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Posts from ‘May, 2007’

The Wall Street Journal: BP May Lose Project To Russia Power Grab

Wall Street Journal BP Russia graphic

Move Would Open Door
To Gazprom and Tighten
Kremlin Grip on Energy

By GREGORY L. WHITE in Moscow and GUY CHAZAN in London
June 1, 2007; Page A9

Russian regulators could move as early as today to revoke a production permit from a $20 billion BP PLC natural-gas project in Siberia, in a test case of just how far the Kremlin will go in its drive for control over the energy sector.

As the Russian government has tightened its grip over strategic oil-and-gas assets in recent years — effectively nationalizing one of the country’s biggest oil producers and forcing foreign investors to cede control of projects to Russian state companies — opportunities for international oil giants have withered. read more

The Guardian: Going green starts to gain momentum

Deborah Hargreaves
Friday June 1, 2007

Consumers have more clout than they realise. Certainly, many companies have converted to green causes under sustained customer pressure. And while much of what the corporate sector says about climate change can be dismissed as hot air, there are the beginnings of some very real initiatives.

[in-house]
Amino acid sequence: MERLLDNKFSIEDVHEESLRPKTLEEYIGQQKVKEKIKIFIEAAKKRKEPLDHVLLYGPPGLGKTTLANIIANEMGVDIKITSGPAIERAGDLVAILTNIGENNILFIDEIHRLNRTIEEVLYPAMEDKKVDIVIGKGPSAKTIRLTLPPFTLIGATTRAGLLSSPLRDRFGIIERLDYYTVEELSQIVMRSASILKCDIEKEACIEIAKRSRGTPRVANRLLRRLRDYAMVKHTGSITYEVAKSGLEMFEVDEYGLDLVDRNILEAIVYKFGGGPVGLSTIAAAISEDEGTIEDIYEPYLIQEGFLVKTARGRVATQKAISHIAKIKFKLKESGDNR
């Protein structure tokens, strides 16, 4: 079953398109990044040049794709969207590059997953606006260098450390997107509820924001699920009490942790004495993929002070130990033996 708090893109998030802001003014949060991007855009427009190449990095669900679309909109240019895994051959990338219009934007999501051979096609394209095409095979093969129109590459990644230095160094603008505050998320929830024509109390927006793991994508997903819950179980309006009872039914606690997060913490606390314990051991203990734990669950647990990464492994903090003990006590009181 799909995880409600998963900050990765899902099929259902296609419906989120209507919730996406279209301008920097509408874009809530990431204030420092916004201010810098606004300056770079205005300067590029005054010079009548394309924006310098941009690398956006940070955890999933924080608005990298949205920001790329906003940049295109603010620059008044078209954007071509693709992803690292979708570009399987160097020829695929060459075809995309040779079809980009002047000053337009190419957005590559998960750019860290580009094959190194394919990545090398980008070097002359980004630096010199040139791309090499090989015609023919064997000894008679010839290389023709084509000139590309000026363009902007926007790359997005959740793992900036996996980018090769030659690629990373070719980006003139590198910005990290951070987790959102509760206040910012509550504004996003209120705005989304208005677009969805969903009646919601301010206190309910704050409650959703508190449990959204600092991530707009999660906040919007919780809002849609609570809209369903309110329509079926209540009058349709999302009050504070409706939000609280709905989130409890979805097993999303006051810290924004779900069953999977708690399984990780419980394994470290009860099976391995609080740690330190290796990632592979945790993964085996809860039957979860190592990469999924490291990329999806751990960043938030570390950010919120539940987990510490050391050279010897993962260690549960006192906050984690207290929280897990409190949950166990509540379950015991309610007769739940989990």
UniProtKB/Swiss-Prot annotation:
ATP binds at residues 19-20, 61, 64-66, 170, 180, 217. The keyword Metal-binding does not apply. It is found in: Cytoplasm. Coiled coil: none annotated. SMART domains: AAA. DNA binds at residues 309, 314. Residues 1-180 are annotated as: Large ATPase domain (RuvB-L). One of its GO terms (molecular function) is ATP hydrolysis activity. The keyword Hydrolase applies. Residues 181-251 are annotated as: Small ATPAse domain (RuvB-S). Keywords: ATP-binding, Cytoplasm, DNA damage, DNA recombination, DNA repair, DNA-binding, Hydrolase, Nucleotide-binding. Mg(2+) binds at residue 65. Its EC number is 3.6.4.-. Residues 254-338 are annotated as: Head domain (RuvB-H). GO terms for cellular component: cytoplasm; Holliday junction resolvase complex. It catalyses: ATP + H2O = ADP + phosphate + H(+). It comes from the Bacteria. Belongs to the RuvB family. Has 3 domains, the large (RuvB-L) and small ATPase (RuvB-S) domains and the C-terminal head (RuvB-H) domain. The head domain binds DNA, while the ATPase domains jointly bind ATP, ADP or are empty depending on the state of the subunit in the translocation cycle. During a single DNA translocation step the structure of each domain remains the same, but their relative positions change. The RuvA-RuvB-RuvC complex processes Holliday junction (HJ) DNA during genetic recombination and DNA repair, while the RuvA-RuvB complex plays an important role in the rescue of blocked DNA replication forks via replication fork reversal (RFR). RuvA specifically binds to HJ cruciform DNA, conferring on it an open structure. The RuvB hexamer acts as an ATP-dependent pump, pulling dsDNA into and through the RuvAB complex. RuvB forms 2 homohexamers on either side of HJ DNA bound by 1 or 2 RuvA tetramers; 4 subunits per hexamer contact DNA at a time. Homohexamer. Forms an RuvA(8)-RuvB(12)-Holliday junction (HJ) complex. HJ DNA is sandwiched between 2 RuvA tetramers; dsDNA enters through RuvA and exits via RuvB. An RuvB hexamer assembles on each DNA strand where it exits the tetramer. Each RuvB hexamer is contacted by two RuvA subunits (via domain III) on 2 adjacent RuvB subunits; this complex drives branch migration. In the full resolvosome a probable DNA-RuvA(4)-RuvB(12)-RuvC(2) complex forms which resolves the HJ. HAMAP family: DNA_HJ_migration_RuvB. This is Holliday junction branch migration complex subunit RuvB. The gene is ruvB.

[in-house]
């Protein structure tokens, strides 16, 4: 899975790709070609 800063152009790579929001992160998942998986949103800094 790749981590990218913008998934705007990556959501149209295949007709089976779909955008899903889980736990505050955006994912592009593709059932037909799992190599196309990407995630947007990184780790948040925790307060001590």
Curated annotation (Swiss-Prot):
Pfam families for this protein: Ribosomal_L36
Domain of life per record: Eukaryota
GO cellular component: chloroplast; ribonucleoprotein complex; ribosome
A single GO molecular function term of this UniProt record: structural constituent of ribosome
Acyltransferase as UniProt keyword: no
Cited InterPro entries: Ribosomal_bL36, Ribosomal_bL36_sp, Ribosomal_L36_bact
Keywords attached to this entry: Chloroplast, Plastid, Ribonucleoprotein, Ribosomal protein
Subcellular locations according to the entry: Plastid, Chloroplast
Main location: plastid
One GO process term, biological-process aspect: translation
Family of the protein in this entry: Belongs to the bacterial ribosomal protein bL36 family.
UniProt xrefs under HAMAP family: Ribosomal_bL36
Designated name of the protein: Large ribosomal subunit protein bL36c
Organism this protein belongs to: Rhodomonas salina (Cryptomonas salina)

Most leading companies now espouse some kind of green strategy towards reducing their carbon footprint. Of course, it is easier for those businesses with low emissions such as banks to boast about their environmental credentials. It often backfires when the big polluters in the oil and power sectors try to do the same. Shell has taken a lot of flak over its adverts showing flowers sprouting from a refinery and BP’s move to brand itself “beyond petroleum” has been met with much scepticism. read more

The Guardian: Iraq’s oil boom isn’t delayed, it’s relocated to Canada

As Baghdad burns, destabilising the entire region and sending the price of oil soaring, Calgary booms

Naomi Klein
Friday June 1, 2007

The invasion of Iraq has set off what could be the largest oil boom in history. All the signs are there: multinationals free to gobble up national firms at will, ship unlimited profits home, enjoy leisurely “tax holidays”, and pay a laughable 1% in royalties to the government.